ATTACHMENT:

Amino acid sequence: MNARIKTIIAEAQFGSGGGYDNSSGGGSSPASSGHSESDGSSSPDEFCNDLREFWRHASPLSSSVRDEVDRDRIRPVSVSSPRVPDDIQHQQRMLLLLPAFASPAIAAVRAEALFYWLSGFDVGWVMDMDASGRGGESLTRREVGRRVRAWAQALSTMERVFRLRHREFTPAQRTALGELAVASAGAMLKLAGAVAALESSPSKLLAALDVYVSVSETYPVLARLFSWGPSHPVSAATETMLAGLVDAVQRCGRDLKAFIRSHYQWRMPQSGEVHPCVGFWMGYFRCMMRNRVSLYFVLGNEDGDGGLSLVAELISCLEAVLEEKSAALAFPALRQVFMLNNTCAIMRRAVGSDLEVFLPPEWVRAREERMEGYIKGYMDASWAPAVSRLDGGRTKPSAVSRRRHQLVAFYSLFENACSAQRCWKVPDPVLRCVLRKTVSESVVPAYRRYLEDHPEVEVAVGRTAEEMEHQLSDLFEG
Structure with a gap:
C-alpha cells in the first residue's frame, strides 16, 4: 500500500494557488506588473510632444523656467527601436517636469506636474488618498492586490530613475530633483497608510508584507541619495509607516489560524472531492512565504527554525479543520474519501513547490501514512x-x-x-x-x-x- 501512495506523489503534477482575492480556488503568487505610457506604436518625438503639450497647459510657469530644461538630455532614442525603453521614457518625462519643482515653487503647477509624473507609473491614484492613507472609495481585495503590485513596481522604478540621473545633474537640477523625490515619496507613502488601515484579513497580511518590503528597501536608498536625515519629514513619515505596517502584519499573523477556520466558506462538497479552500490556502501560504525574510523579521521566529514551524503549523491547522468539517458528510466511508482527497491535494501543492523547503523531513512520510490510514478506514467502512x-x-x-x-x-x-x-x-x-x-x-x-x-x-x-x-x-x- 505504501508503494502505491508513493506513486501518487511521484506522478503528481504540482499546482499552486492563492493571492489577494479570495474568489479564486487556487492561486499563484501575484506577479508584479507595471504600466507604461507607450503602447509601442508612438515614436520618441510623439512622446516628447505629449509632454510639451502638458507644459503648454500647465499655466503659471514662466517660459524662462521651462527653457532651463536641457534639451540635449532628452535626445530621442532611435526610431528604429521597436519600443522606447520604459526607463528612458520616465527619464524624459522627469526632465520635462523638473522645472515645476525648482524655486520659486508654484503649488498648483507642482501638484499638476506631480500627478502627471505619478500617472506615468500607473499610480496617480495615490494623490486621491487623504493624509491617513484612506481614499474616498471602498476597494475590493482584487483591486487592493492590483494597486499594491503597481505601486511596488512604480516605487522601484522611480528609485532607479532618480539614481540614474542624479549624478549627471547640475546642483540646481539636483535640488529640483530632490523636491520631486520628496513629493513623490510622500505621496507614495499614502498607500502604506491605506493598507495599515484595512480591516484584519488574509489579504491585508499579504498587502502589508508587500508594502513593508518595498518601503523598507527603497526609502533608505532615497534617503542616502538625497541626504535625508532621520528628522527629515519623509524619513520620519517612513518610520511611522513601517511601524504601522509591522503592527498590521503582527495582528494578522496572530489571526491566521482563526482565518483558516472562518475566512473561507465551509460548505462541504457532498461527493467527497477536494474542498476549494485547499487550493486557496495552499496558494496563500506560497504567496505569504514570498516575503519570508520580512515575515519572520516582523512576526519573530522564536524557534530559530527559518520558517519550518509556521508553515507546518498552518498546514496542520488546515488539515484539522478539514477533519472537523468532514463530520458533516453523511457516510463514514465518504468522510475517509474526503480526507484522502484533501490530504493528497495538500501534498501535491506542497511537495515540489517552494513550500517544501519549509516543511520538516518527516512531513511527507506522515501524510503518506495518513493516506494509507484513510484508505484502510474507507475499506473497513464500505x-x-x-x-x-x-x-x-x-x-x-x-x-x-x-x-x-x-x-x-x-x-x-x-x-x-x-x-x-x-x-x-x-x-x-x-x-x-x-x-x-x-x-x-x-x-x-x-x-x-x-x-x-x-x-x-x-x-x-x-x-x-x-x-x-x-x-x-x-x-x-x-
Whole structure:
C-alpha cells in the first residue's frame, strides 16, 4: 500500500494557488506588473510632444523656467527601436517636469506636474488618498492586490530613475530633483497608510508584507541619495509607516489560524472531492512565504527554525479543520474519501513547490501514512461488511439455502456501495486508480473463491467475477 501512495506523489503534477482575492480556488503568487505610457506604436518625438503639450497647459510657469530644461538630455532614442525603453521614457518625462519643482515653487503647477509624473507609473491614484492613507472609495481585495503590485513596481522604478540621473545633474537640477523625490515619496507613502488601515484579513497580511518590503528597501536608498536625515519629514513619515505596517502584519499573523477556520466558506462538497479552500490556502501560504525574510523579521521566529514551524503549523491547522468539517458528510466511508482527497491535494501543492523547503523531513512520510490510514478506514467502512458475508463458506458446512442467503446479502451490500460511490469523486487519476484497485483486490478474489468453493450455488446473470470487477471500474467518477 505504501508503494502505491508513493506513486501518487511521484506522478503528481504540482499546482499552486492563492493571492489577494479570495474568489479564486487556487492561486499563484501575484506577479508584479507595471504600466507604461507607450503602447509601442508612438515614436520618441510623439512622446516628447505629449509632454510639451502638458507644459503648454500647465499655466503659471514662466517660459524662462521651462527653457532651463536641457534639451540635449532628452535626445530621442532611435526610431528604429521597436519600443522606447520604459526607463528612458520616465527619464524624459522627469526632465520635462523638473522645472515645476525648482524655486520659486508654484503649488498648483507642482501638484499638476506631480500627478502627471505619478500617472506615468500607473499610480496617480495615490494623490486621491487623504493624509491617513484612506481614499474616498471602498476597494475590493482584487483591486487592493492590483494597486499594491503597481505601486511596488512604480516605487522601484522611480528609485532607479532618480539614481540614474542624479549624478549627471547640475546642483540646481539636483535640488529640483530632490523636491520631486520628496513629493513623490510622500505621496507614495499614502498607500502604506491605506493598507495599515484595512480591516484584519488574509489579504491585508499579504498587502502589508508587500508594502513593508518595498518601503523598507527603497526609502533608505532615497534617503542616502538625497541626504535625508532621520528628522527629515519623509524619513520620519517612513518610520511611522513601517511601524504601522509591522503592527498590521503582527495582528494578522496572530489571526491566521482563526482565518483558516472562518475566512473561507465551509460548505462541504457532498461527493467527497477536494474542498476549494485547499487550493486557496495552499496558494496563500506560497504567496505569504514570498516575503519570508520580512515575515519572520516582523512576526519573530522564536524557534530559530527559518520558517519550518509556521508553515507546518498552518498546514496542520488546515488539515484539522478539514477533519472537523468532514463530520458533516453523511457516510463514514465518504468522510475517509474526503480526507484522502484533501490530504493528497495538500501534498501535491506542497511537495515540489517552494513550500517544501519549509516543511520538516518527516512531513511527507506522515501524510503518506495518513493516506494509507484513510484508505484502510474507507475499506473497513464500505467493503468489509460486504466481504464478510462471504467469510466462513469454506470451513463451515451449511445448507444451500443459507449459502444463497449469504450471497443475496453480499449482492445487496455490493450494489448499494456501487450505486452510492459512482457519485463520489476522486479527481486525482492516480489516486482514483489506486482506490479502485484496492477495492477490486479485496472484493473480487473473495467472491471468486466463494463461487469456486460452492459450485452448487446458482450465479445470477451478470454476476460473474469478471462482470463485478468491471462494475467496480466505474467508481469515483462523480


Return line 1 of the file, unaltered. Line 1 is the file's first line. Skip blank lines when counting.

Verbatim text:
Amino acid sequence: MNARIKTIIAEAQFGSGGGYDNSSGGGSSPASSGHSESDGSSSPDEFCNDLREFWRHASPLSSSVRDEVDRDRIRPVSVSSPRVPDDIQHQQRMLLLLPAFASPAIAAVRAEALFYWLSGFDVGWVMDMDASGRGGESLTRREVGRRVRAWAQALSTMERVFRLRHREFTPAQRTALGELAVASAGAMLKLAGAVAALESSPSKLLAALDVYVSVSETYPVLARLFSWGPSHPVSAATETMLAGLVDAVQRCGRDLKAFIRSHYQWRMPQSGEVHPCVGFWMGYFRCMMRNRVSLYFVLGNEDGDGGLSLVAELISCLEAVLEEKSAALAFPALRQVFMLNNTCAIMRRAVGSDLEVFLPPEWVRAREERMEGYIKGYMDASWAPAVSRLDGGRTKPSAVSRRRHQLVAFYSLFENACSAQRCWKVPDPVLRCVLRKTVSESVVPAYRRYLEDHPEVEVAVGRTAEEMEHQLSDLFEG